* Ford labor costs $16/hr higher in Canada than in U.S.
* CAW wants Ford to guarantee its Canada production levels
Labor costs at Ford Motor Co (F.N) are about $16 an hour higher in Canada than in the United States, the Canadian Auto Workers confirmed on Friday, but union said it needs guarantees on production levels before it agrees to concessions to level the field.
The CAW and Ford have been in cost-cutting negotiations since Sept. 8.
The talks follow deals the union made with General Motors Co [GM.UL] and Chrysler in the spring to help those companies qualify for billions of dollars in government aid needed to survive the industry downturn.
Those three-year collective agreements cut around C$19 ($17.60) an hour from labor costs at GM and Chrysler.
The United Auto Workers struck a deal with Ford in March that the company said brought its U.S. labor costs down to around $55 an hour. That leaves CAW labor costs, which include wages, benefits, vacation time, and a bevy of other items, about $16 higher.
Based on the UAW already making economic sacrifices, that's in the ballpark, Ken Lewenza, the CAW's president, told Reuters. You can argue a buck or two either way, but that's in the ballpark.
Ford, which has not needed any government funding to stay afloat and was the only one of the three Detroit-based automakers not to restructure under bankruptcy protection, says it now needs cost reductions to compete.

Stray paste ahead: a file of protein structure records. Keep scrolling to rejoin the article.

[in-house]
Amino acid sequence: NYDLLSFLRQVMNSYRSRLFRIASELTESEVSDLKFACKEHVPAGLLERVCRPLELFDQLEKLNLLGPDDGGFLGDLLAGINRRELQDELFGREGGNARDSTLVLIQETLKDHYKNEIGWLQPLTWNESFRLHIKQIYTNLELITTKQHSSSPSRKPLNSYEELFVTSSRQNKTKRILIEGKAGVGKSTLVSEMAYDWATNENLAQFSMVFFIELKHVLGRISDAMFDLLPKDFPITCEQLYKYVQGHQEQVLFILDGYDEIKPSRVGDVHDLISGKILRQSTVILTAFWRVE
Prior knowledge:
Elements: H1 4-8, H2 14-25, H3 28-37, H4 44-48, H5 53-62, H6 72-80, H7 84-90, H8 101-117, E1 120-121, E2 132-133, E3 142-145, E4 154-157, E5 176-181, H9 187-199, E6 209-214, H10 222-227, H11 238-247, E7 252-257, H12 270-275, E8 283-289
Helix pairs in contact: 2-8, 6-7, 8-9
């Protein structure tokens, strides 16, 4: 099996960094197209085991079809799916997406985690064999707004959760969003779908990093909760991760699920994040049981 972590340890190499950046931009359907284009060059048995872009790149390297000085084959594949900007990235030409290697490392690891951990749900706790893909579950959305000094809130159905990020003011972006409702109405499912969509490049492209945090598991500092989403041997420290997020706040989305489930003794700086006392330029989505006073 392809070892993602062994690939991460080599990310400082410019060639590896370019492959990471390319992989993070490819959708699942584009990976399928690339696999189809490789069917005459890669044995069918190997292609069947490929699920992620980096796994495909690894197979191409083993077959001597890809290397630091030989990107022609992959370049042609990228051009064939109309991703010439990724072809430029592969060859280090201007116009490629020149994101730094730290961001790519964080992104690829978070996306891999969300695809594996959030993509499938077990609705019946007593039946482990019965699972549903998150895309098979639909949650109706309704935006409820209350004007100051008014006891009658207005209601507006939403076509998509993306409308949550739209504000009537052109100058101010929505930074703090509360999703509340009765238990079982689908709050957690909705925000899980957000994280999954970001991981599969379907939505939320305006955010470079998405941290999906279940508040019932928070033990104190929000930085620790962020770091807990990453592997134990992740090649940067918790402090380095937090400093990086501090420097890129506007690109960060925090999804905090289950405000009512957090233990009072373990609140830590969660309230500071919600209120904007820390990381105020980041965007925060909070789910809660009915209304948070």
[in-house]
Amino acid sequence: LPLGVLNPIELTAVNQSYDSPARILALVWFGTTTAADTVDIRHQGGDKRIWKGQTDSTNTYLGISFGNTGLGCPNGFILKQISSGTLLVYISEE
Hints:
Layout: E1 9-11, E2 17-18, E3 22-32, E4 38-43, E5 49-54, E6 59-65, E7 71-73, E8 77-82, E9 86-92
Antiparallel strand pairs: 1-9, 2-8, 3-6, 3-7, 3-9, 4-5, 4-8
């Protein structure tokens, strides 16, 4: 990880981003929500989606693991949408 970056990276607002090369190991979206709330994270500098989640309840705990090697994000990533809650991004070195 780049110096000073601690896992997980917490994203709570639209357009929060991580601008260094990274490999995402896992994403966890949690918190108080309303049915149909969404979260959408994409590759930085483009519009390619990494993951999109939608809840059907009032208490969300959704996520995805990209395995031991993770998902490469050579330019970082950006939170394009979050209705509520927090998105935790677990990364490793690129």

Ford has said costs at its Canadian operations are its highest worldwide.
The CAW said that it is willing to work with Ford to cut labor costs, but in return, Ford must guarantee it will keep a certain proportion of its Canada-U.S. production in Canada, which is what GM and Chrysler agreed to in the spring.
Ford has about 13 percent of its Canada-U.S. production in Canada, while Chrysler has about 20 percent and GM about 18.
The CAW says Ford's Canadian production footprint will fall below 10 percent in 2011, when the large sedans being manufactured at its St. Thomas, Ontario, assembly plant are slated to be phased out.
Ford said it has no new product to go into the plant, which employs about 1,500 of the company's 7,000 Canadian workers.
With out a deal between the CAW and Ford, Canada is at risk of further production cuts, said a source close to the Ford-CAW negotiations.
The source, who could not be named because of the sensitivity of the situation, said the company is under pressure to consolidate its manufacturing facilities into low-cost labor jurisdictions.
The source said the $16 an hour cost gap figure is based on an exchange rate of 86 cents per Canadian dollar. The exchange rate is currently closer to 93 cents.
Lewenza said that on top of the UAW concessions, the biggest reason for the Canada-U.S. cost gap at Ford is the rise of the Canadian dollar.
He argued that CAW plants have productivity advantages over U.S. plants and that should be taken into account.
David Mondragon, Ford of Canada's chief executive, disagreed.
Right now we do not have a productivity or cost advantage over North American jurisdictions at our Canadian facilities, he told Reuters. So, we do have challenges and we need to address those challenges with the CAW.
($1=$1.08 Canadian) (Reporting by John McCrank; editing by Peter Galloway)